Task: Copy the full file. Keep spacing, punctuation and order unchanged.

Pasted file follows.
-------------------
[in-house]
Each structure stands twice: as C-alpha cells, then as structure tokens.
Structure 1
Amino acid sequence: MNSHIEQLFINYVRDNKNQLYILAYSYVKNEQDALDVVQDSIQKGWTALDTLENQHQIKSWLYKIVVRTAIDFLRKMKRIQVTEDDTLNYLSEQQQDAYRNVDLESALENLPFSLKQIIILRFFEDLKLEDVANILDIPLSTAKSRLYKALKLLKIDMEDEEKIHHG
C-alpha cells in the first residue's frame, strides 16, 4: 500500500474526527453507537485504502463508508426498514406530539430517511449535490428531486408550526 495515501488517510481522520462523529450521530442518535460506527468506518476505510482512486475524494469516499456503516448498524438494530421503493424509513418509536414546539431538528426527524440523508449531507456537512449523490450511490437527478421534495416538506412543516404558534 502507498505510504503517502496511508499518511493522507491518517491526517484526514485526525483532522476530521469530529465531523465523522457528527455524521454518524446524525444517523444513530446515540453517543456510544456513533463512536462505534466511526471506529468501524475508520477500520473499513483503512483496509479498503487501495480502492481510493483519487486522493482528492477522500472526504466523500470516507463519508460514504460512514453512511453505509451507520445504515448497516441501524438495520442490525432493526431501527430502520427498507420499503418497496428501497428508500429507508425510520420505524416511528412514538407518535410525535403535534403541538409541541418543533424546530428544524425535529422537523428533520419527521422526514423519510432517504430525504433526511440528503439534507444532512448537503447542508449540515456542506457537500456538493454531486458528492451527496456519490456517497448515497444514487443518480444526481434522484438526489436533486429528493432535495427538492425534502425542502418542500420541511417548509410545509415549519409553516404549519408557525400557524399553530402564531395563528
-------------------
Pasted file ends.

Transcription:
[in-house]
Each structure stands twice: as C-alpha cells, then as structure tokens.
Structure 1
Amino acid sequence: MNSHIEQLFINYVRDNKNQLYILAYSYVKNEQDALDVVQDSIQKGWTALDTLENQHQIKSWLYKIVVRTAIDFLRKMKRIQVTEDDTLNYLSEQQQDAYRNVDLESALENLPFSLKQIIILRFFEDLKLEDVANILDIPLSTAKSRLYKALKLLKIDMEDEEKIHHG
C-alpha cells in the first residue's frame, strides 16, 4: 500500500474526527453507537485504502463508508426498514406530539430517511449535490428531486408550526 495515501488517510481522520462523529450521530442518535460506527468506518476505510482512486475524494469516499456503516448498524438494530421503493424509513418509536414546539431538528426527524440523508449531507456537512449523490450511490437527478421534495416538506412543516404558534 502507498505510504503517502496511508499518511493522507491518517491526517484526514485526525483532522476530521469530529465531523465523522457528527455524521454518524446524525444517523444513530446515540453517543456510544456513533463512536462505534466511526471506529468501524475508520477500520473499513483503512483496509479498503487501495480502492481510493483519487486522493482528492477522500472526504466523500470516507463519508460514504460512514453512511453505509451507520445504515448497516441501524438495520442490525432493526431501527430502520427498507420499503418497496428501497428508500429507508425510520420505524416511528412514538407518535410525535403535534403541538409541541418543533424546530428544524425535529422537523428533520419527521422526514423519510432517504430525504433526511440528503439534507444532512448537503447542508449540515456542506457537500456538493454531486458528492451527496456519490456517497448515497444514487443518480444526481434522484438526489436533486429528493432535495427538492425534502425542502418542500420541511417548509410545509415549519409553516404549519408557525400557524399553530402564531395563528